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The Jewish Question

History of a Marxist Debate

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Enzo Traverso

In The Jewish Question: History of a Marxist Debate, Enzo Traverso explores the causes and the forms of the encounter that took place, from the middle of the nineteenth century to the Holocaust, between the intelligentsia of a cosmopolitan minority and the most radical ideological current of Western modernity. From Karl Marx to the Frankfurt School, the 'Jewish Question' — to a set of problems related to emancipation and anti-Semitism, cultural assimilation and Zionism — raised significant controversies within Marxist theory. Enzo Traverso carefully reconstructs this intellectual debate that runs over more than a century, pointing out both its achievements and its blind alleys.

This is the second edition, completely rewritten and updated, of a book already translated into many languages (originally published in French, then translated into English, German, Spanish, Japanese, and Turkish).
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Josef van Ess

Theology and Society is the most comprehensive study of Islamic intellectual and religious history, focusing on Muslim theology. With its emphasis on the eighth and ninth centuries CE, it remains the most detailed prosopographical study of the early phase of the formation of Islam. Originally published in German between 1991 and 1995, Theology and Society is a monument of scholarship and a unique scholarly enterprise which has stood the test of time as an unparalleled reference work.
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Sensibilities of the Risorgimento

Reason and Passions in Political Thought

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Roberto Romani

A purely political framework does not capture the complexity of the culture behind Italians’ struggle for liberty and independence during the Risorgimento (1815-1861). Roberto Romani identifies the sensibilities associated with each of the two main political programmes, Mazzini’s republicanism and moderatism, which in fact were comprehensive projects for a political, moral, and religious resurgence. The moderates’ espousal of reason entailed an ideal personality expressed by private virtue, self-possession, and a public morality informed by Catholicism, while Mazzini’s advocacy of passions led to ‘enthusiasm’ and a total commitment to the cause. Romani demonstrates that the patriots’ moral quest rested on a thick cultural bedrock, dating back to Stoicism and the Catholic Aufklärung, and passing through Rousseau and the Revolution.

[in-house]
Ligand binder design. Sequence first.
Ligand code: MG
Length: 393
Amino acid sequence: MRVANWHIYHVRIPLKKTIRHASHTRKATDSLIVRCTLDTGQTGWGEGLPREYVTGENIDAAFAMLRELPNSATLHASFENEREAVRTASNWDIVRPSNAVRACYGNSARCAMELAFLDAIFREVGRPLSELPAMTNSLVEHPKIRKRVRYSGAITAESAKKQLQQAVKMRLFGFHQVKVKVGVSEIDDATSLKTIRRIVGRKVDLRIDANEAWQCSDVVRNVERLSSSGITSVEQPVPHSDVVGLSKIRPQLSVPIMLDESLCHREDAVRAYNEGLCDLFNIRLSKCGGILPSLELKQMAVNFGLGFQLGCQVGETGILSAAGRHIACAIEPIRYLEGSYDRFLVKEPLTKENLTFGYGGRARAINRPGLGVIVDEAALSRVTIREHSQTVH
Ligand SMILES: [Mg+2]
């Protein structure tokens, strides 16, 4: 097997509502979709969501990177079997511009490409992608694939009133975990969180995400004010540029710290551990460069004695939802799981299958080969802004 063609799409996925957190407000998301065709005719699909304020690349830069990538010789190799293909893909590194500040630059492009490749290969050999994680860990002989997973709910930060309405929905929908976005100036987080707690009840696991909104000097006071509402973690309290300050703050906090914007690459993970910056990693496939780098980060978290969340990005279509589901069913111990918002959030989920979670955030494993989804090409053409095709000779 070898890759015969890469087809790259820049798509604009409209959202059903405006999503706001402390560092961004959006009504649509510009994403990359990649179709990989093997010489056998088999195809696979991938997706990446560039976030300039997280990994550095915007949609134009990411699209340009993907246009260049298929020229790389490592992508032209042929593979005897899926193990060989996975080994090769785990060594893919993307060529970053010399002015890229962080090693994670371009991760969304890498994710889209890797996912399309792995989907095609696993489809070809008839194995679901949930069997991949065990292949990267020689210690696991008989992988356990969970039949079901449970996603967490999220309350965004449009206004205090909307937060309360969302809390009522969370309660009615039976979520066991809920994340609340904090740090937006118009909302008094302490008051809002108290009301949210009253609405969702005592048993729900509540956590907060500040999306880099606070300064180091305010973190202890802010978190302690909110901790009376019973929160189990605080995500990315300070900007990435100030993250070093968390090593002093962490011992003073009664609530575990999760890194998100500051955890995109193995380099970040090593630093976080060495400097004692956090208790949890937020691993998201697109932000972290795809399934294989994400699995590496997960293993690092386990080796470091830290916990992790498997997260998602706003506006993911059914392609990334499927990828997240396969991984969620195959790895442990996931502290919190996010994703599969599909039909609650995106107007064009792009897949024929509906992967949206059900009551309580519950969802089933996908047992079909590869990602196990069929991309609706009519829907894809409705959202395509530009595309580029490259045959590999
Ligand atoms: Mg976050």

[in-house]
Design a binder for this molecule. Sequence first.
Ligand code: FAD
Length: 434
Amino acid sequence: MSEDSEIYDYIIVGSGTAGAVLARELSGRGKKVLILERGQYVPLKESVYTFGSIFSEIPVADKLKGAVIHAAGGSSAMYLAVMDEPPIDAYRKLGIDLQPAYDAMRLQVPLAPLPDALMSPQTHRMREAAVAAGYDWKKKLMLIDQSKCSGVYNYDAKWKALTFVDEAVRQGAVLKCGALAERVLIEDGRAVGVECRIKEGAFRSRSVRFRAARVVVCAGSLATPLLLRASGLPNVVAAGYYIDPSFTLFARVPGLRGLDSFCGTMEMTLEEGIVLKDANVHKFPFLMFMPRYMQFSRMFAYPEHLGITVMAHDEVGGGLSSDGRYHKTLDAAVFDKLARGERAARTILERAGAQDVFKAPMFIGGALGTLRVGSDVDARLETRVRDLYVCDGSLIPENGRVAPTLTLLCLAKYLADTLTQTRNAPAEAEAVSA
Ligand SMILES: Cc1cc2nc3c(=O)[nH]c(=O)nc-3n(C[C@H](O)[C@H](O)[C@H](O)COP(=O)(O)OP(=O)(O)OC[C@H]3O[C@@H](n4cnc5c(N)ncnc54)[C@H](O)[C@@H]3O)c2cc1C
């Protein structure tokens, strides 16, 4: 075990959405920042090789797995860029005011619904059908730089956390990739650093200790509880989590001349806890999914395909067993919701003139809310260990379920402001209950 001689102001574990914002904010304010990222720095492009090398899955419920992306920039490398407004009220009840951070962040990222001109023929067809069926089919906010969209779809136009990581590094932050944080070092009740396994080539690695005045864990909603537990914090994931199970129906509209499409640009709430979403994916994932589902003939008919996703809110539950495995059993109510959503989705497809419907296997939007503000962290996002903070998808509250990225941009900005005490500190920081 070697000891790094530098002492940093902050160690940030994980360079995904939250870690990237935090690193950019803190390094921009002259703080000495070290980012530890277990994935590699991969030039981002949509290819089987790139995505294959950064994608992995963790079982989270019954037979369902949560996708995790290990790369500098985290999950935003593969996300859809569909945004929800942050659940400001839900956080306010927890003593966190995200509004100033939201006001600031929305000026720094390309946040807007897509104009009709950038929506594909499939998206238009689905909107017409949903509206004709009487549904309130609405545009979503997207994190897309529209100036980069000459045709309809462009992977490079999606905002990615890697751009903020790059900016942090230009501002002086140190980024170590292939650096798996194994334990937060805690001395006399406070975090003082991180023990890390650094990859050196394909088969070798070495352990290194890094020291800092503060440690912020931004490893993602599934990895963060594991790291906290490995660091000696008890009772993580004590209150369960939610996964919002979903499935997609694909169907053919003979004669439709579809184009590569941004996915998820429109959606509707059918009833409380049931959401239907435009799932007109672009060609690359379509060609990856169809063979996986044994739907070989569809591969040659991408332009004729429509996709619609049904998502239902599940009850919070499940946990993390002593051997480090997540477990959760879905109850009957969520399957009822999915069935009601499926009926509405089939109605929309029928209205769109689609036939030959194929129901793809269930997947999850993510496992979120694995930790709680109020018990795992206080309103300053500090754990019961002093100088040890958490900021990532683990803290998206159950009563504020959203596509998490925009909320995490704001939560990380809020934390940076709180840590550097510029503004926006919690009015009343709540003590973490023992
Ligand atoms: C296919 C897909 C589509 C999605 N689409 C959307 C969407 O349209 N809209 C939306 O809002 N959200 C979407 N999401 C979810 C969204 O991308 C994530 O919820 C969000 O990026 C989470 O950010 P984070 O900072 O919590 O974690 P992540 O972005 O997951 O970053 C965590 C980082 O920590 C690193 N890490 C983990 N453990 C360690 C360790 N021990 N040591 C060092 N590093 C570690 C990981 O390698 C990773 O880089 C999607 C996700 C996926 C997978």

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Roberto Romani

This chapter, consisting of two parts, examines the sensibility put forward by the democratic and republican camp. The first part comprises Sections 1–5, and the second part Sections 6–8. The first three sections are devoted to Mazzini; his fascination with death, and the ensuing centrality of martyrdom in the sensibility he preached, is emphasised. Section 4 places the Mazzinian sensibility in the context of French culture, pointing in particular to the influence of Lamennais and Saint-Simon. The chapter then looks at the development of that sensibility at the hands of Ferrari and Franchi, who advocated both ‘sentiments’ (rather than passions) and philosophical reason (Sect. 5). In the second part of the chapter, Section 6 deals with the philosopher Spaventa, who appropriated Hegel’s reason for the left; Section 7 describes De Sanctis’s ‘faith’ as the outcome of his engagement with Romantic literature; and Section 8 considers two novels, one by Ruffini and the other by Nievo, testifying to the definitive demise of the Mazzinian sensibility.

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Roberto Romani

This chapter, consisting of two parts, examines the sensibility put forward by the democratic and republican camp. The first part comprises Sections 1–5, and the second part Sections 6–8. The first three sections are devoted to Mazzini; his fascination with death, and the ensuing centrality of martyrdom in the sensibility he preached, is emphasised. Section 4 places the Mazzinian sensibility in the context of French culture, pointing in particular to the influence of Lamennais and Saint-Simon. The chapter then looks at the development of that sensibility at the hands of Ferrari and Franchi, who advocated both ‘sentiments’ (rather than passions) and philosophical reason (Sect. 5). In the second part of the chapter, Section 6 deals with the philosopher Spaventa, who appropriated Hegel’s reason for the left; Section 7 describes De Sanctis’s ‘faith’ as the outcome of his engagement with Romantic literature; and Section 8 considers two novels, one by Ruffini and the other by Nievo, testifying to the definitive demise of the Mazzinian sensibility.